Structural biology of mRNA localization

Fulvia Bono

fulvia
  • PhD at the University of Pavia, 2000
  • Postdoctoral training at the EMBL Heidelberg, 2002-07
  • Project leader at the MPI, 2008-11
  • Research group leader at the MPI since 2011

Research Interest

The localization of mRNAs is a prominent mode of regulation of gene expression in eukaryotes. Localized RNAs can have crucial roles during animal development, in the maintenance of cell polarity and in nervous system function. Studies of RNA localization in model organisms have revealed many components of the process, some of which are conserved across eukaryotes. The correct cytoplasmic localization of mRNAs and their transport and silencing in messenger ribonucleoprotein particles (mRNPs), is dependent on the earliest steps of mRNA processing in the nucleus. The core nuclear mRNP particles associate with further components in the cytoplasm, forming large and dynamic multimolecular assemblies, underlying the various steps or mRNA maturation, transport, silencing and eventual localized translation. Even though many components of these large mRNP particles are known, their detailed molecular organization and regulation is poorly understood. Our aim is to gather structural information of mRNP complexes involved in RNA localization in the fruit fly Drosophila, currently the best-studied model system. We use a multidisciplinary approach, combining biochemistry, X-ray crystallography and fly genetics, to tackle the complex structure-function relationships regulating mRNA localization. Our goal is to elucidate the structural details and molecular mechanisms of how mRNP complexes regulate mRNA localization during development. Given that mRNA localization is a conserved process, our results are expected to elucidate the mechanistic and structural details of a conserved regulatory pathway with fundamental and often medically relevant roles in the cell.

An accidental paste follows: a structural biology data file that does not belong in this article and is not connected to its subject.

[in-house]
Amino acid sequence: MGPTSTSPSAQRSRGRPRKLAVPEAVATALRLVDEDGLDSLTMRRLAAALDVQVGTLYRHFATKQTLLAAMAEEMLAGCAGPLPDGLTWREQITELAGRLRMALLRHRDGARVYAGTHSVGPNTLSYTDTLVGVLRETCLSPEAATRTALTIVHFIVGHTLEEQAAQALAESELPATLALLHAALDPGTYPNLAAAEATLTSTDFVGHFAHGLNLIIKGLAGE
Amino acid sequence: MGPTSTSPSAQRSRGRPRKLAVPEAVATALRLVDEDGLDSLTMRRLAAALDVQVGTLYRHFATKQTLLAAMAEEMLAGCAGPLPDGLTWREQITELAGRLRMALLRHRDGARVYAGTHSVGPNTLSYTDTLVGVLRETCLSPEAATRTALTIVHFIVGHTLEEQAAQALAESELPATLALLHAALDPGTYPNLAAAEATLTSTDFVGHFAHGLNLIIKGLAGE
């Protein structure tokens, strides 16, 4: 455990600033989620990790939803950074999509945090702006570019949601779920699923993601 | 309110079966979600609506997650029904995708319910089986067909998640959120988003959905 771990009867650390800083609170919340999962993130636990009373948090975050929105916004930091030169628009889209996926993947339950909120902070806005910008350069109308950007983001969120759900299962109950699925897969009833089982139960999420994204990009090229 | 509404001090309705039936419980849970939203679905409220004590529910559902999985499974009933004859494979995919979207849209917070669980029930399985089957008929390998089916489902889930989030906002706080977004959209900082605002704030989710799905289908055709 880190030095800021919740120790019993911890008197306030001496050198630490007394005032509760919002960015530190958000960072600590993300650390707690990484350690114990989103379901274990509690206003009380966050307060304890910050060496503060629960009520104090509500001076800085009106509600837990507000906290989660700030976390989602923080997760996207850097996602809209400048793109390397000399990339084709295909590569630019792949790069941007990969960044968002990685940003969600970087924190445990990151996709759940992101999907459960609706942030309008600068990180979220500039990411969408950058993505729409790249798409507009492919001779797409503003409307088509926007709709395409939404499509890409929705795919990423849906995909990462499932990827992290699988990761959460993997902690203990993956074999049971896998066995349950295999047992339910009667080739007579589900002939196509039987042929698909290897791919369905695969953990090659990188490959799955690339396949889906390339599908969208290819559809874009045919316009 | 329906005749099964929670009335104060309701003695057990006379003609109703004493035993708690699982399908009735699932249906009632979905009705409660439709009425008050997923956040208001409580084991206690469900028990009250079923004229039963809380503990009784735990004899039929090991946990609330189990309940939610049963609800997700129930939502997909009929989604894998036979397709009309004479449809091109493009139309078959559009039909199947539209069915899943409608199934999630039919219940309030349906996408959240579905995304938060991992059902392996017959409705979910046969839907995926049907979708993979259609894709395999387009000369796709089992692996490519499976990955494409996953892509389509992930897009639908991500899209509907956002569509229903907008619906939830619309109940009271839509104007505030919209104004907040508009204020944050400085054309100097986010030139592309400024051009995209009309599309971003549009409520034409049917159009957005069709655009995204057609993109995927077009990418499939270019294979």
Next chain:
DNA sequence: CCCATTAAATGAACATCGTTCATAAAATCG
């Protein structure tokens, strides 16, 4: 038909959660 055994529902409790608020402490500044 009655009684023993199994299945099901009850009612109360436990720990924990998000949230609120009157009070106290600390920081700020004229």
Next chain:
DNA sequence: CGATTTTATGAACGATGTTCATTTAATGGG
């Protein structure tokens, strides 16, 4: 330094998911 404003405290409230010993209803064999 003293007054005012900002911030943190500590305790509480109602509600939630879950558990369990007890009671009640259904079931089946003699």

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One of the better studied examples of a mRNP component able to influence downstream events in mRNA metabolism is the exon junction complex (EJC), a key regulator of oskar mRNA localization in Drosophila. Structural studies on this complex showed how it maintains a stable grip on the mRNA (Fig. 1A) and how EJC components are recycled back to the nucleus in order to be re-incorporated in new mRNPs (Fig. 1B).

Available PhD Projects

No projects offered in the 2017 selection.

Selected Reading

1) Bono F, Ebert J, Lorentzen E, Conti E. (2006) The crystal structure of the exon junction complex reveals how it maintains a stable grip on mRNA. Cell 126, 713-25.

2) Bono F, Cook A, Grünwald M, Ebert J, Conti E. (2010) Nuclear import mechanism of the EJC component Mago-Y14 revealed by structural studies of Importin13. Mol Cell 37, 211-22.

3) Kinkelin K, Veith K, Grünwald M and Bono F. (2012) Crystal structure of a minimal eIF4E-Cup complex reveals a general mechanism of eIF4E regulation in translational repression. RNA 18, 1624-34.